Book Review – Leadership U, Accelerating Through the Crisis Curve, Gary Burnison

Those that know me well, know I am “geeked out” by literature.  My current passion is leadership material owing to the training sessions we are currently working on.  Recently someone asked me for some books to read so I thought I’d share some of my thoughts through this blog.

Leadership U was briefly mentioned during a drop in session with the Training Designers Club so I thought I’d take a look. 

Gary Burnison is the CEO of Korn Ferry, a global organisational consultancy firm and author.

The main thread of this book is that leadership is not about you, it’s about others.  It’s about inspiring others to believe, and then enabling that belief to become a reality. Gary talks about the 6 stages of career development being:

  • Follower – your first job out of school / college being action oriented and task focussed.
  • Collaborator – using your technical skills and develop collaboration skills from peers.
  • Instructor – a first time leader tapering your people skills as you start to give instructions to your team.
  • Manager – building your skills through managing larger teams with bigger goals and objectives.
  • Influence – transitioning away from managing a team to influencing people, especially those who do not report directly to you.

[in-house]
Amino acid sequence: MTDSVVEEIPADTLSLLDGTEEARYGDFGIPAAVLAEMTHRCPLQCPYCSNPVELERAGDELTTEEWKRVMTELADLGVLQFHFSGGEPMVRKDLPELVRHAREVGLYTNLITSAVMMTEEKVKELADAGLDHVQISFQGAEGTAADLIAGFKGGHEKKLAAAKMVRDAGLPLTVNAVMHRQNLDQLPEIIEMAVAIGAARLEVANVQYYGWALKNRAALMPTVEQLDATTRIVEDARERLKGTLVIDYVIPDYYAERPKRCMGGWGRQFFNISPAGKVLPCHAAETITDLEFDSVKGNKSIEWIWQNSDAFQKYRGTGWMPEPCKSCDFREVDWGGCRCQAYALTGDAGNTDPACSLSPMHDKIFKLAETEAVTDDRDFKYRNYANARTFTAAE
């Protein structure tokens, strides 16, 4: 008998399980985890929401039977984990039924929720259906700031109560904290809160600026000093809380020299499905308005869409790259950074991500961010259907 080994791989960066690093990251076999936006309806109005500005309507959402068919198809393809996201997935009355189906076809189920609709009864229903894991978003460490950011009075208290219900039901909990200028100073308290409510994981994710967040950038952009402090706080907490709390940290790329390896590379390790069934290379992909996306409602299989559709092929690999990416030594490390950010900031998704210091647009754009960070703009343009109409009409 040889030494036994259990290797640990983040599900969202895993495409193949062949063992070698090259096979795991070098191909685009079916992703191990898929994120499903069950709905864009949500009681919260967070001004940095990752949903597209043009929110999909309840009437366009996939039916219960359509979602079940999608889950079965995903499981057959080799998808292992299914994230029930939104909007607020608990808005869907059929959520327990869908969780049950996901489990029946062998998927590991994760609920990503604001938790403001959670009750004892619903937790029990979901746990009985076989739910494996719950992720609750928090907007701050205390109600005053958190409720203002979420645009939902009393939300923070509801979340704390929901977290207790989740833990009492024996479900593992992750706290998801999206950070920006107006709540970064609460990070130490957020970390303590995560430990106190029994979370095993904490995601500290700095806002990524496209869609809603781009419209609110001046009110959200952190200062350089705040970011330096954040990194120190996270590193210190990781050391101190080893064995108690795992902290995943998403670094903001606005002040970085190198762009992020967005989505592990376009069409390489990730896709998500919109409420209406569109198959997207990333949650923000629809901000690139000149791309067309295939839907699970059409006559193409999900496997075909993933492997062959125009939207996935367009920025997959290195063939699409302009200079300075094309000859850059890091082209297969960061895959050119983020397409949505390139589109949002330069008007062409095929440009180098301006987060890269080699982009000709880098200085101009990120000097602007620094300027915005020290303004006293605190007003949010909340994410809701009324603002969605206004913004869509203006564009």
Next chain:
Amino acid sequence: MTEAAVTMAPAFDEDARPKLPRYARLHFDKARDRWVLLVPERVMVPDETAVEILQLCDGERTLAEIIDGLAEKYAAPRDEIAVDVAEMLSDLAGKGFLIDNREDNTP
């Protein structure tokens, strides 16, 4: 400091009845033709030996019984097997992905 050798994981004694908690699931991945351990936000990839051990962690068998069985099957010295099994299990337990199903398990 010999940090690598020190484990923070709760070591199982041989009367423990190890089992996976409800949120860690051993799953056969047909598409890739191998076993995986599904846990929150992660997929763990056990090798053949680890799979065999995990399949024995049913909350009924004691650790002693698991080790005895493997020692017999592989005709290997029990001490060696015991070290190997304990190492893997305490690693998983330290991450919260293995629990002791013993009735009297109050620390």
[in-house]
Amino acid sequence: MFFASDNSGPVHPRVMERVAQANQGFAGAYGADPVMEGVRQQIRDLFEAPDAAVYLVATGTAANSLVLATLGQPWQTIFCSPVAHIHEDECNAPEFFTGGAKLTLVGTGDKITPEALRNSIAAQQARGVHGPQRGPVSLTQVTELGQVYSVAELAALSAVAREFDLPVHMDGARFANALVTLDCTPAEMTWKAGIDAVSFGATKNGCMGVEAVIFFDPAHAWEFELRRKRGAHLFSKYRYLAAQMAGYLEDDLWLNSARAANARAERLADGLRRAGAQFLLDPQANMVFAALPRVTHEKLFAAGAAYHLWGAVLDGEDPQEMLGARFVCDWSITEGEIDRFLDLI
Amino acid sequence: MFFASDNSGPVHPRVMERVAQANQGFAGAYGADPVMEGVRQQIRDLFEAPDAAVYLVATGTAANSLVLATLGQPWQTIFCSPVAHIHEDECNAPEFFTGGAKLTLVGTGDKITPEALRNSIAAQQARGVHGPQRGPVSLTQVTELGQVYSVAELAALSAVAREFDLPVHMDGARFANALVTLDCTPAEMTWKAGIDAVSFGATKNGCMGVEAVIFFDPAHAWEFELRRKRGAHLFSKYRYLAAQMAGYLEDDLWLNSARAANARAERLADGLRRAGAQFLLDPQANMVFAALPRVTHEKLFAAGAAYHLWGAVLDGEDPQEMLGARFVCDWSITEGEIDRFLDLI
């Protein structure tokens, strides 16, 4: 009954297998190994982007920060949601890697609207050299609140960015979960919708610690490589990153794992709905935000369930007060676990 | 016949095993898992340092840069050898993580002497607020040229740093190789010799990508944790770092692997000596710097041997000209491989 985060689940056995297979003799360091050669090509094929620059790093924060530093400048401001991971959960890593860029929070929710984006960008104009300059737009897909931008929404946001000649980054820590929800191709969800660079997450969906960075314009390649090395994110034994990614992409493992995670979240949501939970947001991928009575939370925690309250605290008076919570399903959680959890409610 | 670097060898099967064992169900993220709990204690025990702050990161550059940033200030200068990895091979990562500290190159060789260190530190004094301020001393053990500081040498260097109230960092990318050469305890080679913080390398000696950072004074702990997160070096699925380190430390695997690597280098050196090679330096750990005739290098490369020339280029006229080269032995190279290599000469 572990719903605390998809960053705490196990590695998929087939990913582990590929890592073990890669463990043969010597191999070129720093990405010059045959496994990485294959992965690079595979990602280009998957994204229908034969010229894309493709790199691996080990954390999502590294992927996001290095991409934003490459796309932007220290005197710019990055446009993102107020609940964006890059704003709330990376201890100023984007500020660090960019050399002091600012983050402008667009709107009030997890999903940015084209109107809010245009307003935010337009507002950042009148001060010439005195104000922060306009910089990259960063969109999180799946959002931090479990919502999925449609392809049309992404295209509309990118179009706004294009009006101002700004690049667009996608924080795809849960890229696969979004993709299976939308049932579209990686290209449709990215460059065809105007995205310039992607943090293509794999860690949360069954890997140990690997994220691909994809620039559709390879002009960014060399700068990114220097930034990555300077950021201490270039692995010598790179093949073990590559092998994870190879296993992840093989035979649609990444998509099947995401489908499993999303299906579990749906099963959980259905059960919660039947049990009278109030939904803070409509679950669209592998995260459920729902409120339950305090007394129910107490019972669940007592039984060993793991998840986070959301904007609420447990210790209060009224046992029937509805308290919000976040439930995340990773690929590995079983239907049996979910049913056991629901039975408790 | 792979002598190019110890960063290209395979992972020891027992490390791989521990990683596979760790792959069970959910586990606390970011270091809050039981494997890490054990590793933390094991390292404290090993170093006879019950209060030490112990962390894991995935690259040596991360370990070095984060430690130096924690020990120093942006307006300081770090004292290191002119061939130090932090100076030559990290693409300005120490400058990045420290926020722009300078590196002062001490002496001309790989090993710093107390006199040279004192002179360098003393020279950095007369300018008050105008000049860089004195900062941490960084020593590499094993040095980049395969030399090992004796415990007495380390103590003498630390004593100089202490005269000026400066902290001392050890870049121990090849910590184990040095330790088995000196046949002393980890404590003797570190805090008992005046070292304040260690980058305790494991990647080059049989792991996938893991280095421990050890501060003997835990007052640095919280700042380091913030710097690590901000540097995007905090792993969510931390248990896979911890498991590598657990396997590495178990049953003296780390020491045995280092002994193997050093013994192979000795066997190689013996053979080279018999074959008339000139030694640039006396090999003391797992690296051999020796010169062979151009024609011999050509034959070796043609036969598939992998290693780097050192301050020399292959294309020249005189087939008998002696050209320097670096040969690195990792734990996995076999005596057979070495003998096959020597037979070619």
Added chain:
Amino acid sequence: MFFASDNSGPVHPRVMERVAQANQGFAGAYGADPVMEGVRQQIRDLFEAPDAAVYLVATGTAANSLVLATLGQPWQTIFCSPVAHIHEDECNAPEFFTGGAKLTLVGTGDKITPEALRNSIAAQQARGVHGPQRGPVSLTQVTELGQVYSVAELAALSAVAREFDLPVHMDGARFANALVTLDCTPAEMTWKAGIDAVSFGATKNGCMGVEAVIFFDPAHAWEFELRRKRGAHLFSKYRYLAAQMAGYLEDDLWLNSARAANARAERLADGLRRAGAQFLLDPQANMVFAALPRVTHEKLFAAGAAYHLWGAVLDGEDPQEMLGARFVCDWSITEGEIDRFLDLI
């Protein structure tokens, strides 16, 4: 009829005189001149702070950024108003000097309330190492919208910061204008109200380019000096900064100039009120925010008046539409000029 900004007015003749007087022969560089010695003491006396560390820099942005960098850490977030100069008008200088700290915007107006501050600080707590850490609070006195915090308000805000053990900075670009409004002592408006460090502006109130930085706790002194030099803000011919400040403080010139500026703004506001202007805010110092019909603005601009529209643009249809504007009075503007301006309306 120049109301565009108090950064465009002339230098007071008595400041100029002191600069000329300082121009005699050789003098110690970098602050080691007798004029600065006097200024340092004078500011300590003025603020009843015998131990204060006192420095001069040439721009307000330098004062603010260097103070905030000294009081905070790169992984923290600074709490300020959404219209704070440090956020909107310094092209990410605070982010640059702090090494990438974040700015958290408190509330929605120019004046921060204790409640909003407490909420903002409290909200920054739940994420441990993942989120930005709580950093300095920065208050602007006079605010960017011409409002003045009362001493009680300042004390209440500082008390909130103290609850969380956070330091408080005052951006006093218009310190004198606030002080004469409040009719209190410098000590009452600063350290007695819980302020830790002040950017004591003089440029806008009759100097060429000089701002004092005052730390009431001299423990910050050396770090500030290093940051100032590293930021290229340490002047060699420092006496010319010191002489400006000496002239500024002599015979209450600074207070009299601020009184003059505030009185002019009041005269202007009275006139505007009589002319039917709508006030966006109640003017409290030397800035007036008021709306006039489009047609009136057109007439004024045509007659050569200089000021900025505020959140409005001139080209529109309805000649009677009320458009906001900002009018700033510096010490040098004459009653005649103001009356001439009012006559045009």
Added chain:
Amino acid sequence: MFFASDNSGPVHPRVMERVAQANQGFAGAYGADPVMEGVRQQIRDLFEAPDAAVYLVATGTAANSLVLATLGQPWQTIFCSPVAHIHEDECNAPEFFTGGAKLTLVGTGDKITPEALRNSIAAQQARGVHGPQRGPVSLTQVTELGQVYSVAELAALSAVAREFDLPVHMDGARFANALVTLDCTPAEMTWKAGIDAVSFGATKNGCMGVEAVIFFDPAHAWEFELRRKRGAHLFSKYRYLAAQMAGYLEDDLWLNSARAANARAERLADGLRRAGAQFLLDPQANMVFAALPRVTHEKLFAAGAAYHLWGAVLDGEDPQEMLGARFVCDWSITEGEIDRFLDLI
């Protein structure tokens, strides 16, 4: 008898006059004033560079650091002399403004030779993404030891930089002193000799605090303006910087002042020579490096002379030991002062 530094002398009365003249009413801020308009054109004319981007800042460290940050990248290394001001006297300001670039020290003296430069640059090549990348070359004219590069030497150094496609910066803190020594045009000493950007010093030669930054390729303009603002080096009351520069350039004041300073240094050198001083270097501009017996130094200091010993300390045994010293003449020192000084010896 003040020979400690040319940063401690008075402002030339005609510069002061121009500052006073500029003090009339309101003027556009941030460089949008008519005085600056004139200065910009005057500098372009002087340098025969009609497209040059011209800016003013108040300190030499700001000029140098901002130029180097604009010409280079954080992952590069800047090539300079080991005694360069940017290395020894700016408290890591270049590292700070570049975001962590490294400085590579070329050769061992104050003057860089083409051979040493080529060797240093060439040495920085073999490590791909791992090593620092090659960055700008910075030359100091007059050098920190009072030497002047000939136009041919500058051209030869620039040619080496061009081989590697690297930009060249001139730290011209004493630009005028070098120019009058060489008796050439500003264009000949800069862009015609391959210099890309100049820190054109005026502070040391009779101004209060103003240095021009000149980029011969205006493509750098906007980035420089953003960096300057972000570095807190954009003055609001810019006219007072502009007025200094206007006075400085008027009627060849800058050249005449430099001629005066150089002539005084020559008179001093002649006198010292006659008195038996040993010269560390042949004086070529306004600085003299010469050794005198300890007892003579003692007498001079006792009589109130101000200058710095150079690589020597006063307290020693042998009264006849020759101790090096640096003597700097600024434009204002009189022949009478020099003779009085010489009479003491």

• Leader – where you spend much of your time empowering and empowering others, you’re not telling them what to do, but what to think about.

This map resounding well with me as I reflected on my career from admin apprentice to senior leader.

Gary goes on to explain the six degrees of leadership:

  1. Anticipate – what lies ahead
  2. Navigate – course correcting in real time
  3. Communicate – continually
  4. Listen – to what you don’t want to hear
  5. Learn – fail fast, learn faster
  6. Lead – be all in, all of the time

“If you aren’t humble, you’re probably not self-aware, if you’re not self-aware, you’ll never learn, grow or improve.”

Gary urges his readers to think about their strengths as weaknesses:

  • Traits – their behaviours, natural tendencies and abilities
  • Drivers – their motivations, values, and what is important to them.
  • Competencies – that they’re proficient at
  • Experiences – the sum total of their accomplishments

This book was not only an easy read, but motivational and inspired me look at my own leadership style and how my team are progressing.

Reference: Book | Leadership U: Accelerating Through the Crisis Curve (

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